With the wide range of project delivery options now available, from freelance portals through to a myriad of design and development firms, more and more companies are electing to perform the full project delivery cycle online. For experienced operators, setting up a project online is a methodical task that has been performed numerous time. But for newer players in the market, the apparent ease of setting up a project online belies a greater complexity that must be considered.
It is important to remember the following when setting up a new project online:
Without the above, you increase the risk of project failure and reputation damage.
Remember, in the online world, your service providers may not be located close to you. You may not even know what they look like. Unless you are prepared to get on a plane and fly halfway across the world, you may never be able to meet face to face to resolve project issues.
Your Written Brief
Make it absolutely clear what you expect from the project. List the deliverables in an itemised manner and clearly articulate what they are.
For example, if you are setting up a project for website design and development, you can choose to articulate the graphic design component of the project as:
“I need all graphics for the website created” this leaves things wide open to scope change and
A more appropriate summary of the graphics requirements would be:
“I need all graphics for the website created which will include:
This will demonstrate to your service provider that you are committed and detail oriented.
If you are unsure of the requirements, or are relying on full creative inputs from the service provider, you can still demonstrate this with a requirement like this:
“As part of the website design process, I am expecting to engage with you to understand the graphic design requirements to ensure that cost and quality are not compromised”.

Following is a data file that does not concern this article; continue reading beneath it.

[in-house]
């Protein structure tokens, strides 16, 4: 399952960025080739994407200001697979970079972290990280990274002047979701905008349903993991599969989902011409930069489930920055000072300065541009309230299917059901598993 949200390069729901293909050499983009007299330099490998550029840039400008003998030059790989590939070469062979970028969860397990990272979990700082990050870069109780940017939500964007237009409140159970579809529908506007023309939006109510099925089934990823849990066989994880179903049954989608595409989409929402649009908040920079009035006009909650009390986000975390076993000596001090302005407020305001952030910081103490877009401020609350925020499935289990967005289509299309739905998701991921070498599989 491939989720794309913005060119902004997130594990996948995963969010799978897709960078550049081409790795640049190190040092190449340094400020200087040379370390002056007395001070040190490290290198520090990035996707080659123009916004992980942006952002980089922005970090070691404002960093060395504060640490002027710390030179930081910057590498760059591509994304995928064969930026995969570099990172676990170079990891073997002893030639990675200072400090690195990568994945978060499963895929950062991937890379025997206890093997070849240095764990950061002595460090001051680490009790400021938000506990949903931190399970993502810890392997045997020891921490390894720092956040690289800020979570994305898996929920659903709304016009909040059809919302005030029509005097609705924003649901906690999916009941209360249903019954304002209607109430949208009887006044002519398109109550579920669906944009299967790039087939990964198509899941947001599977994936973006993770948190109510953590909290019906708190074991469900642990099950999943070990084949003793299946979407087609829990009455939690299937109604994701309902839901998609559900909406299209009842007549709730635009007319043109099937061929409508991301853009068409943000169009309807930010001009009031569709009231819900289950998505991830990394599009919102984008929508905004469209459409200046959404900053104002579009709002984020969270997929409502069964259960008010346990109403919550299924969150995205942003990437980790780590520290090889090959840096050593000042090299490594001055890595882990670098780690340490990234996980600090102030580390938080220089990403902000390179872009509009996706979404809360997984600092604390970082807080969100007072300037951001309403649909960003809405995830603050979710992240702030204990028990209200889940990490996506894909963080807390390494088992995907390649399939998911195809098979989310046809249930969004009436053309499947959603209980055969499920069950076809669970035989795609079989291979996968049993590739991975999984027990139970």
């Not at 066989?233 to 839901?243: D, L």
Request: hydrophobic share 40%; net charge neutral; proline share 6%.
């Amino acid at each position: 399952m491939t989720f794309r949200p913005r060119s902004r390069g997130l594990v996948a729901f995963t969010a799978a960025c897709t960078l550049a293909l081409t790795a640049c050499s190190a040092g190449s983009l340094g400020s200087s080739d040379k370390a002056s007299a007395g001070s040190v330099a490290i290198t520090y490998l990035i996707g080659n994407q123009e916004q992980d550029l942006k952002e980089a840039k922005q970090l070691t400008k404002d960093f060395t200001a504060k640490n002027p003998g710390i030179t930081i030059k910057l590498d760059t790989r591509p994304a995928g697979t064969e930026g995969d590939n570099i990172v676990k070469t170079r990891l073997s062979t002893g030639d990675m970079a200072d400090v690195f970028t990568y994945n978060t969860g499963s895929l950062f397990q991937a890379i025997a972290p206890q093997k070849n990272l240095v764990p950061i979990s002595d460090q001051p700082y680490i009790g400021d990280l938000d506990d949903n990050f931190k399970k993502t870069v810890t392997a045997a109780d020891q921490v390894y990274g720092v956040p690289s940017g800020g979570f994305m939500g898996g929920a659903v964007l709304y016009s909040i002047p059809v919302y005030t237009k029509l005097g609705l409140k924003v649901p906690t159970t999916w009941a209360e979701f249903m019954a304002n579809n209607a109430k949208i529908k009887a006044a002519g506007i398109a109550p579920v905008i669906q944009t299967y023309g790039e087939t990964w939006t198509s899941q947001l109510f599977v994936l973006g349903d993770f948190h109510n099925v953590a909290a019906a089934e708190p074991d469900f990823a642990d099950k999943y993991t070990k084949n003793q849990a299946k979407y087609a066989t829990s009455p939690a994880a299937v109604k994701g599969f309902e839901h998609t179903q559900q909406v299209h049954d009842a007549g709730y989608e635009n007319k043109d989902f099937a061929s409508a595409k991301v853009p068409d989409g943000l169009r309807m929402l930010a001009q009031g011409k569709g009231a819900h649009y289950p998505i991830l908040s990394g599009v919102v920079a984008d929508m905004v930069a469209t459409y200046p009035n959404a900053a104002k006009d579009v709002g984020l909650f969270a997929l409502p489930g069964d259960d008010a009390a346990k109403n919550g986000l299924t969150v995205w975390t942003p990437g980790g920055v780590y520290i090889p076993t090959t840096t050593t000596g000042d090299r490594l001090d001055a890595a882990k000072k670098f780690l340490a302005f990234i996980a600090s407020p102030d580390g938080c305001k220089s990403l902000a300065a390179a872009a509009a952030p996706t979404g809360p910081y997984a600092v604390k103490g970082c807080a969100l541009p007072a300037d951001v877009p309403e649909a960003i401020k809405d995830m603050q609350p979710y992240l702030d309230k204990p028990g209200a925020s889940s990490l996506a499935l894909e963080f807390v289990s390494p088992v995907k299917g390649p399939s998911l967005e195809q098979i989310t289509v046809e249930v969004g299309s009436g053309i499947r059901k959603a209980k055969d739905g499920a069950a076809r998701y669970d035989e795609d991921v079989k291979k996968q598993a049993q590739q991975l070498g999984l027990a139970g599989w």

A detailed brief makes it clear not only what you are expecting to receive, it also gives the service provider the opportunity to respond clearly and tell you what they are expecting to deliver. Aligning these two points is important if you want to avoid delivery misses or cost overruns.
The agreement between you and the service provider needs to be watertight. Wherever possible, articulate every deliverable including timelines. Align the deliverables outlined in your brief to the deliverables contained in the service agreement.
But, to be brutally honest, this is not enough. When I say the “strength of the agreement”, I refer to an element frequently overlooked in the world of online project delivery: Mutual Benefit.
To create a strong agreement between two parties, there must be mutual benefit. All the time.
Too often do I see job postings online for projects with only what I can say is outrageous demands, either in terms of scope of delivery and time allowed and/or available budget. I have no hesitation in performing small pieces of work for clients, in fact they can be great to build partnerships, but what I will not do is compromise our project delivery because the very fabric of the agreement itself is placed in jeopardy by unrealistic delivery expectations. If there is not something in the project for all parties, then something has to give. Quality goes first, profit margin not far behind that, eroded team morale the deciding factor which can carry on well after the current project is done.
If you are posting a job online and you are seeking the lowest possible cost only, do you really understand what you are signing up for? Imagine a website design project you post for say $200.
Sounds like a great price for you, but what is happening behind the scenes?
Wherever possible, seek mutual benefit. You will attract a better quality service provider, get better project outcomes and also contribute more positively in the online marketplace.
Interaction and Engagement
If you get the service agreement right, you need to live and breathe transparency during the life of the project. Both in terms of how you communicate with your project teams and in what you expect in return.
Key lessons in engaging your project teams are: